Bennett captures the peril of an era when heads rolled and the grit of two women seeking to survive on their own terms.
Think the sass of Tyra Banks, combined with the grit of Miss Jane Pittman.
Even on a laptop you can almost taste the grit in your mouth and breathe the sharp smell of the explosives.
In 175 well-chosen words, he sums up the trials and the grit and bravery of the civil rights movement.
For me, the takeaway from these results is that creativity—just like grit—does not occupy a separate sphere from academics.
In these places there is always a certain amount of dirt and grit.
Wanted Mrs. Blake to wait and come on later; but talk about grit!
The compensating gear is of the bevel type, half shrouded and so close together that sand and grit are kept out.
Still they proved their grit by keeping on, as if determined to stick it out.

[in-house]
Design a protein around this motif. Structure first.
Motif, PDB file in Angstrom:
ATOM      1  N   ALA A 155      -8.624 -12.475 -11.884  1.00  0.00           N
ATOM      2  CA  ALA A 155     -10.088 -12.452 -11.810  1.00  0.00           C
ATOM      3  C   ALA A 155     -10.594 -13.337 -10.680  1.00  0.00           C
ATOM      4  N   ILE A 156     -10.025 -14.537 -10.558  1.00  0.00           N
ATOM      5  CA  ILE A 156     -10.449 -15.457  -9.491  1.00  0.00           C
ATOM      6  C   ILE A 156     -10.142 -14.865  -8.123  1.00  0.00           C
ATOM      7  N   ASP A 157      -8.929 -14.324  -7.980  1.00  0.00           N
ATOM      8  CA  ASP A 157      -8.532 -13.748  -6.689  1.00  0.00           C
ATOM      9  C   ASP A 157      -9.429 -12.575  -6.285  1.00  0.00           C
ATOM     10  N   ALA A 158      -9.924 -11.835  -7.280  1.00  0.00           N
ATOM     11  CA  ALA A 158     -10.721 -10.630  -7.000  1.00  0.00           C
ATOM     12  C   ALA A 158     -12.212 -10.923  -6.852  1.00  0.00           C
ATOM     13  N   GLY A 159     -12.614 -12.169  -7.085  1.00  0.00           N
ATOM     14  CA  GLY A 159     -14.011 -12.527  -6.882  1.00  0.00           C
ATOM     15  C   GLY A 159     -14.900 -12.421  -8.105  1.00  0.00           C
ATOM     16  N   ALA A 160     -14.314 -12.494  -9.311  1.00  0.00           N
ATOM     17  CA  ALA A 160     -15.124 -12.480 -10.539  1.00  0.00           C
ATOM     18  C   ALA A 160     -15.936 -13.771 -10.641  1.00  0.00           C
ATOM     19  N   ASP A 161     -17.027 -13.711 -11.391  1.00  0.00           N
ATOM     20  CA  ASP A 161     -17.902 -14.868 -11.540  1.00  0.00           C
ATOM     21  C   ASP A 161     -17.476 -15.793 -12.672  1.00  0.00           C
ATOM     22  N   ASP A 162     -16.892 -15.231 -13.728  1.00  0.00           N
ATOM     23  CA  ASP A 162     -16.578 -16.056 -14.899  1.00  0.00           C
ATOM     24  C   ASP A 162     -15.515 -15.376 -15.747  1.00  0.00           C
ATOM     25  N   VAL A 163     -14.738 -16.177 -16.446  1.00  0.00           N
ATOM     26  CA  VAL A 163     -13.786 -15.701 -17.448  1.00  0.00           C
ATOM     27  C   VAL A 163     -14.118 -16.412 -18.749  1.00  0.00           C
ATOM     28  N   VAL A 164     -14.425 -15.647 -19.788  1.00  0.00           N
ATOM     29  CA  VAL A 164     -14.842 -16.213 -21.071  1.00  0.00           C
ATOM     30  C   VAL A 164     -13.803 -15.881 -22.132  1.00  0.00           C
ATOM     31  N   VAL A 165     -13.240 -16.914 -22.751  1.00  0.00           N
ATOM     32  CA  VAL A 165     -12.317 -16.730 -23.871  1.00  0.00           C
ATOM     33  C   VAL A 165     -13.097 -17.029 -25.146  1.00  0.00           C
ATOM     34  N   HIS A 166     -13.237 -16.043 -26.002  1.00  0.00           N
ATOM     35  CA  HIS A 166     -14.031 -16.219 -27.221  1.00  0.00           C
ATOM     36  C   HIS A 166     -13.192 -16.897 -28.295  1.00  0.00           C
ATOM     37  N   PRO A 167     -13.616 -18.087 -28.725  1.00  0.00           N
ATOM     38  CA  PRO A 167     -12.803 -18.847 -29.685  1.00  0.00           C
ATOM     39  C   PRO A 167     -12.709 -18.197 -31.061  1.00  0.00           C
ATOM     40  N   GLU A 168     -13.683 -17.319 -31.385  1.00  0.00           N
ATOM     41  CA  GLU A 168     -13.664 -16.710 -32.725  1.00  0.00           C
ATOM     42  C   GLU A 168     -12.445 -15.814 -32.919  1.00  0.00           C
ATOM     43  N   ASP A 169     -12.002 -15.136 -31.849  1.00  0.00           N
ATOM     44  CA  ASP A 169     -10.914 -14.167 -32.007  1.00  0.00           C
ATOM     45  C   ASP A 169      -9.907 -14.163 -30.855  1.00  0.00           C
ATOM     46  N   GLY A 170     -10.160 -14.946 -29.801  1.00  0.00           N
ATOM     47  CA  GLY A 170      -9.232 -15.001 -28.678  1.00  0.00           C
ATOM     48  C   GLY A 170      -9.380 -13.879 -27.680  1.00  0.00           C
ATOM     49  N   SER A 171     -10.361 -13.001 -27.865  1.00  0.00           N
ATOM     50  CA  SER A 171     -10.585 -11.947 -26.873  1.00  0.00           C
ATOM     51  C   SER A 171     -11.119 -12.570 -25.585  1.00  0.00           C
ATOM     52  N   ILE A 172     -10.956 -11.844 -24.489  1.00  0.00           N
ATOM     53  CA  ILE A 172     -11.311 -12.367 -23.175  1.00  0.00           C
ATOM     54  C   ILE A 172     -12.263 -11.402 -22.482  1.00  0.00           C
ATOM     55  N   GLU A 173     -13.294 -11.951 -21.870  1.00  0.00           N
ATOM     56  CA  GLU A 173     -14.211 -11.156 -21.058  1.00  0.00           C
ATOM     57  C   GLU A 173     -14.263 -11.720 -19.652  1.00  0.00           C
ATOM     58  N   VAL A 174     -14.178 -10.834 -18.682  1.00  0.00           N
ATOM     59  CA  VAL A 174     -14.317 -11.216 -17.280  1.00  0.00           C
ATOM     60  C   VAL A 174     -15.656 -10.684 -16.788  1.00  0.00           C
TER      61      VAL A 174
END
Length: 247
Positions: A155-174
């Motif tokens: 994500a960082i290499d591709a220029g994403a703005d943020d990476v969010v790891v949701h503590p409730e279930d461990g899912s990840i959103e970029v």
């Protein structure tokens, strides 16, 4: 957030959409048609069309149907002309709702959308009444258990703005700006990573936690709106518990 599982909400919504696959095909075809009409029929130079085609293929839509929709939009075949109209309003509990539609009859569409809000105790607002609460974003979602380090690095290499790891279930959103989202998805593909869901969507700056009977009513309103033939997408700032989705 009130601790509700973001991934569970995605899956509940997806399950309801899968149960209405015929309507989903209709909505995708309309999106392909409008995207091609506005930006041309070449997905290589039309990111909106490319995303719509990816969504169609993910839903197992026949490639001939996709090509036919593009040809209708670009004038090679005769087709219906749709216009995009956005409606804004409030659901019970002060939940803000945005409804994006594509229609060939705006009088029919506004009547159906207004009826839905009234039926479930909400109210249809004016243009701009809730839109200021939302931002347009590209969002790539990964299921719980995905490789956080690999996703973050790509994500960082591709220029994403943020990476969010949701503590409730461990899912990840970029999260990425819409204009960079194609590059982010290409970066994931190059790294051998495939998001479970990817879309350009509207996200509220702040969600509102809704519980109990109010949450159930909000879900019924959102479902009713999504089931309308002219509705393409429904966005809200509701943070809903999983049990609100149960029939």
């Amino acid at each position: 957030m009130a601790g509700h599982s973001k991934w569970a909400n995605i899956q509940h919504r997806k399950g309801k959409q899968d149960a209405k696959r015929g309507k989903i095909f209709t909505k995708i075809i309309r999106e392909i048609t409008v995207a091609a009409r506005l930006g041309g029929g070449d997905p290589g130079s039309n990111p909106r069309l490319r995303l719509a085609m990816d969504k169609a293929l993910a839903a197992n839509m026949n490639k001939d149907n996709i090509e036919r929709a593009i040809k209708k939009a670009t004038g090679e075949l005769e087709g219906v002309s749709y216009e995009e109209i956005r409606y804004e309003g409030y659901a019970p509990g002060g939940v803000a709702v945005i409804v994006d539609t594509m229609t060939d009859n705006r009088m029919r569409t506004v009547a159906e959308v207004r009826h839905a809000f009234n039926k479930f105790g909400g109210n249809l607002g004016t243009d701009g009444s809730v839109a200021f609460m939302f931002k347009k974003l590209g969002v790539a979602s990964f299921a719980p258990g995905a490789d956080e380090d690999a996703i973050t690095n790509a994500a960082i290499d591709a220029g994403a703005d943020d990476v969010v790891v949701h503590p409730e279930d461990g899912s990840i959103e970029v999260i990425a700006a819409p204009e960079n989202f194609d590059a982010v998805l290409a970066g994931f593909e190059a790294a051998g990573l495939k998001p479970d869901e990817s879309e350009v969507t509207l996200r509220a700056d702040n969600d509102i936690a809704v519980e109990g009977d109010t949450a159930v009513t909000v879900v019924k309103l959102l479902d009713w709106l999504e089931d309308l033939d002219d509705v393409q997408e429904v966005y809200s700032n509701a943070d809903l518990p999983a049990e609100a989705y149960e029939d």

Tudor-like, she had proved her grit and her pluck when opposing factions tried to wrest her crown from her.
Old English greot "sand, dust, earth, gravel," from Proto-Germanic *greutan "tiny particles of crushed rock" (cf. Old Saxon griot, Old Frisian gret, Old Norse grjot "rock, stone," German Grieß "grit, sand"), from PIE *ghreu- "rub, grind" (cf. Lithuanian grudas "corn, kernel," Old Church Slavonic gruda "clod"). Sense of "pluck, spirit" first recorded American English, 1808.
"make a grating sound," 1762, probably from grit (n.). Related: Gritted; gritting.
To eat (1930s+ Black)
[food senses at least partially fr hominy grits, although grit was British military slang for ''food'' in the 1930s; Southern dialect sense probably ironically fr Civil War use of the expression true Yankee grit by Northern soldiers and writers]